The most similar type of customers I saw at the store were women with children, many of whom were wearing a hijab (headscarf) and a couple wearing traditional Arab dresses called abayas. I also saw a customer with a silver Christian cross necklace. There also were a couple of customers and an employee with tattoos; however, it was beyond the scope of this study to analyze the tattoos and their possible meanings.
Analysis and Discussion
The results from data collection suggest that the Thrifttown grocery store serves as an example of the intersectionality within the diverse Clarkston community. In addition to the different types of products sold within the store that differ from products sold at standard “American” grocery stores (e.g., chicken feet), the placement of products within the store also displays the intersection of cultures. Even though Thrifttown advertises itself as a halal grocery store, there were pork products sold in the fridge next to the chicken feet that were labeled “halal” (Figures 5 & 6). Reinforcing this idea of versatility and cultural range, the presence of culturally ambiguous products, such as the fuzzy comforters or products used in multiple cultures, such as the basmati rice, show that there is not one specific culture or region as the target consumers.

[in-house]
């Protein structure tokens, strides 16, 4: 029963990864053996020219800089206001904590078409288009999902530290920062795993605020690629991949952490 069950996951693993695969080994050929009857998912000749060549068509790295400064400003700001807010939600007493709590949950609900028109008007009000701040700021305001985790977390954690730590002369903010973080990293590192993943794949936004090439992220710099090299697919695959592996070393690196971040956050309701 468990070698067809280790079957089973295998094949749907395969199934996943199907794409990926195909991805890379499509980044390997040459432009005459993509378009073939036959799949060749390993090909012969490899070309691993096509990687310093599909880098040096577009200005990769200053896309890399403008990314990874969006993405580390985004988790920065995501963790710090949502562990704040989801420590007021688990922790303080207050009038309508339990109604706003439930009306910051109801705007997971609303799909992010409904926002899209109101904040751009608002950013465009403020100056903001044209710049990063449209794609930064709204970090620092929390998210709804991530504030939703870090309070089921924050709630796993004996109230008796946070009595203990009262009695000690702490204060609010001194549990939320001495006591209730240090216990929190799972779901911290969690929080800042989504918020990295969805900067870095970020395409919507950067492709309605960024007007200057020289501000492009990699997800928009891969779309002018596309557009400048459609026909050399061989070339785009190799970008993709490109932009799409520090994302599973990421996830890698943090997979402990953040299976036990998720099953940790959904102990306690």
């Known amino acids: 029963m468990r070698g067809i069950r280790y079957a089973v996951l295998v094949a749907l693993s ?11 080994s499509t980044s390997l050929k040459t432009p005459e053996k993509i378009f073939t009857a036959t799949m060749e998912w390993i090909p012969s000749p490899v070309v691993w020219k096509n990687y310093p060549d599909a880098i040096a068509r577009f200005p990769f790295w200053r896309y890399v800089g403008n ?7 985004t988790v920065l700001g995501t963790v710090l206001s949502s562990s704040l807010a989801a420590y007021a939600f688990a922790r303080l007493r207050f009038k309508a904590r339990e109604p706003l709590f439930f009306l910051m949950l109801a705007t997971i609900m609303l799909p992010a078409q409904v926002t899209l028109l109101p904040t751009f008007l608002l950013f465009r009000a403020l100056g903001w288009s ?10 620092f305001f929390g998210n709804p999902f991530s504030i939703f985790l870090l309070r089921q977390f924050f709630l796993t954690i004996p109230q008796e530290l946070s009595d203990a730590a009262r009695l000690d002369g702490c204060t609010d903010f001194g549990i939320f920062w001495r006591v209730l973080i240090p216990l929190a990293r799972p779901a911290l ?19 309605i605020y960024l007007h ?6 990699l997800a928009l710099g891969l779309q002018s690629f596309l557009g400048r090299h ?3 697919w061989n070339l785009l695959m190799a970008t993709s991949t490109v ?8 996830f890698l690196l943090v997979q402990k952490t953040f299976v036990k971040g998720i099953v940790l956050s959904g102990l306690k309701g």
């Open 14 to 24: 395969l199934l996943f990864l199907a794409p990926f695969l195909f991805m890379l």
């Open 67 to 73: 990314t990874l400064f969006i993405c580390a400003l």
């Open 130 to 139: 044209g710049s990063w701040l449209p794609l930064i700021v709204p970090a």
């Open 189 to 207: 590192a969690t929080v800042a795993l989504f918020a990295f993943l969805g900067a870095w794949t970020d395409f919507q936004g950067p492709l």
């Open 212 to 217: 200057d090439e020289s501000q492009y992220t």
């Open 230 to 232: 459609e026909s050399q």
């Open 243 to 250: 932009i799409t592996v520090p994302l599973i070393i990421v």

The mixing of cultural products and product ambiguity provides insight into the social reality of diversity, and how diversity in Clarkston is more integrated than secular. The diversity in customers, products, conversations, and sounds provide insight into Clarkston’s cultural appreciation and how this integration is a common occurrence. Further research on this topic could include comparing various grocery stores, whether they’re culturally ambiguous or tailored to certain groups, and to see how other groups of people and their cultural products are perceived (whether accepted and integrated or marginalized and secluded).